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July 17, 2012

Yesterday's USA Today: Gains in the services sector lead "uneven job recovery". This is news?

The front page USA Today article is far from comprehensive and might have better defined "services" industries--it ignores, for example, the growth of products-based businesses with large and profitable services components--but it does report some interesting numbers about jobs currently in services versus "non-services":

More than 70% of jobs lost in service industries have returned three years after the recession's end, while only 15% of jobs lost in manufacturing, construction and other industries that produce goods have come back. The analysis is based on Labor Department data from January 2008 — when total U.S. employment peaked — through last month.

And about the services businesses of accounting and law:

Accounting firms, for instance, have regained 87% of the jobs they lost. The industry is benefiting from growth in start-up businesses, as well as new financial rules and U.S. company expansions abroad, says Scott Moore, a senior manager for the American Institute of CPAs.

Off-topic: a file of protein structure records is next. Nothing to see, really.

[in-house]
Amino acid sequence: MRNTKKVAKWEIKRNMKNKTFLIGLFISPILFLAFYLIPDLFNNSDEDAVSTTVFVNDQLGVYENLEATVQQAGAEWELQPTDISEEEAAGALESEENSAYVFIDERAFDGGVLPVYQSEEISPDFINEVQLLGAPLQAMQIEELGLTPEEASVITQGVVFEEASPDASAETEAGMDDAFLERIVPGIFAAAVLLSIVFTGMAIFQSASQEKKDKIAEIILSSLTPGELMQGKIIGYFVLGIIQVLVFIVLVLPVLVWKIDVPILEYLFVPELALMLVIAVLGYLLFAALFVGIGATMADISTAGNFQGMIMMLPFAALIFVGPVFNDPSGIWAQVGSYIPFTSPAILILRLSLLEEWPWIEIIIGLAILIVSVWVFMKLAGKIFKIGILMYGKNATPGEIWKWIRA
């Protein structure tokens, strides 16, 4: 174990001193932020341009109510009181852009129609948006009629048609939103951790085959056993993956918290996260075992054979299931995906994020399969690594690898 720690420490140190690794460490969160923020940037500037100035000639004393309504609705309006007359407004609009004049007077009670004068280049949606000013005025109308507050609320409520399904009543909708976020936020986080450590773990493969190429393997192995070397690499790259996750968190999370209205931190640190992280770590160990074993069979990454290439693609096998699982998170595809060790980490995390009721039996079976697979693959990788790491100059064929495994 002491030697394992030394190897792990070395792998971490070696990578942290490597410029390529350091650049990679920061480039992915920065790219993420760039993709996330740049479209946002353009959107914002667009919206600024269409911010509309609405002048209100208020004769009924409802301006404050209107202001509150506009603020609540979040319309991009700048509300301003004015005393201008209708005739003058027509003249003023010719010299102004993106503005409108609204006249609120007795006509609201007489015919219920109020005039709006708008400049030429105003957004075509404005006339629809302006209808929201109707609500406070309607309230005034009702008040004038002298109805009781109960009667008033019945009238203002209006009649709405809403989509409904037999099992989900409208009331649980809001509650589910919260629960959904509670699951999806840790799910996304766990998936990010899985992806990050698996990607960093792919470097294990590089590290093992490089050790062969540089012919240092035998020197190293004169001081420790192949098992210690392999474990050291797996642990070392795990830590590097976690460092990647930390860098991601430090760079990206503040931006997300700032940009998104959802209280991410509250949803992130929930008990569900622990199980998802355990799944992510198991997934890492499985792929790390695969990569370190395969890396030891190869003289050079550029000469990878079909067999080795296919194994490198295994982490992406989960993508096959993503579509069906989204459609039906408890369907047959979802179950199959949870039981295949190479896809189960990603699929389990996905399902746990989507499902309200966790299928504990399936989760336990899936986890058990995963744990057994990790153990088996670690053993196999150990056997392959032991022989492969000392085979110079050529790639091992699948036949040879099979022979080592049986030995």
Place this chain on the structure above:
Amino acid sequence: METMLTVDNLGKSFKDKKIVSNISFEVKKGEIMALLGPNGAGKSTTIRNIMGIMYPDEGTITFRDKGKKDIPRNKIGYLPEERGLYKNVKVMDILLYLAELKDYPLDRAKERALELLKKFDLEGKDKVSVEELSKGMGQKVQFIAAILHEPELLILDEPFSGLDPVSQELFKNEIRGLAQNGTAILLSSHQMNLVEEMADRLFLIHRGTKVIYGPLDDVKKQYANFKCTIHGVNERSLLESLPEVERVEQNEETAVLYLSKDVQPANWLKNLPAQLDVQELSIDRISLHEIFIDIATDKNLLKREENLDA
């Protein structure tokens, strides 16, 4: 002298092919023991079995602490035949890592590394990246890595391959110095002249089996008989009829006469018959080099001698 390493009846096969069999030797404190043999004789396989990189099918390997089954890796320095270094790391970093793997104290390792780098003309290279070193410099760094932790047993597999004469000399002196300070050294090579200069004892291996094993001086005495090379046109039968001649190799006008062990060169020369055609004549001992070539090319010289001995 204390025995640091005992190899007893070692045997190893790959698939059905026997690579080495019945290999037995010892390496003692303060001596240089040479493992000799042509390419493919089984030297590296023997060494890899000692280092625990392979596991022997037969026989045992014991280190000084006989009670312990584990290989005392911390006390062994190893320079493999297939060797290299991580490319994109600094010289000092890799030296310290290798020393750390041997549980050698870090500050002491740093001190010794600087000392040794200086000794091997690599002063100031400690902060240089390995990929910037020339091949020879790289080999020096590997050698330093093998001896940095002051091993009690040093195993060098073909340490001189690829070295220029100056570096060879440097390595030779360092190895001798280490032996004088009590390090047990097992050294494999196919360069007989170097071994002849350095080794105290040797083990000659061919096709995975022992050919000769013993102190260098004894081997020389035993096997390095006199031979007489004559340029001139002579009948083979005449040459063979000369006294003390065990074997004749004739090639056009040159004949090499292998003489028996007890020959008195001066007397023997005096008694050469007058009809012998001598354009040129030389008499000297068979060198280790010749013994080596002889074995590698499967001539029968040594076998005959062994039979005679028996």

Legal services, by contrast, have regained just 17% of their lost jobs.

As litigation waned in the recession, many firms had to charge fixed, rather than hourly, fees, slashing revenue, says Hal Sirkin, a senior partner at Boston Consulting Group. Law firms are also relying more heavily on temporary legal professionals to handle investigations, says Charles Volkert, head of Robert Half Legal, a staffing firm.

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IBM: a products-based or services business?

Posted by JD Hull at July 17, 2012 01:39 AM


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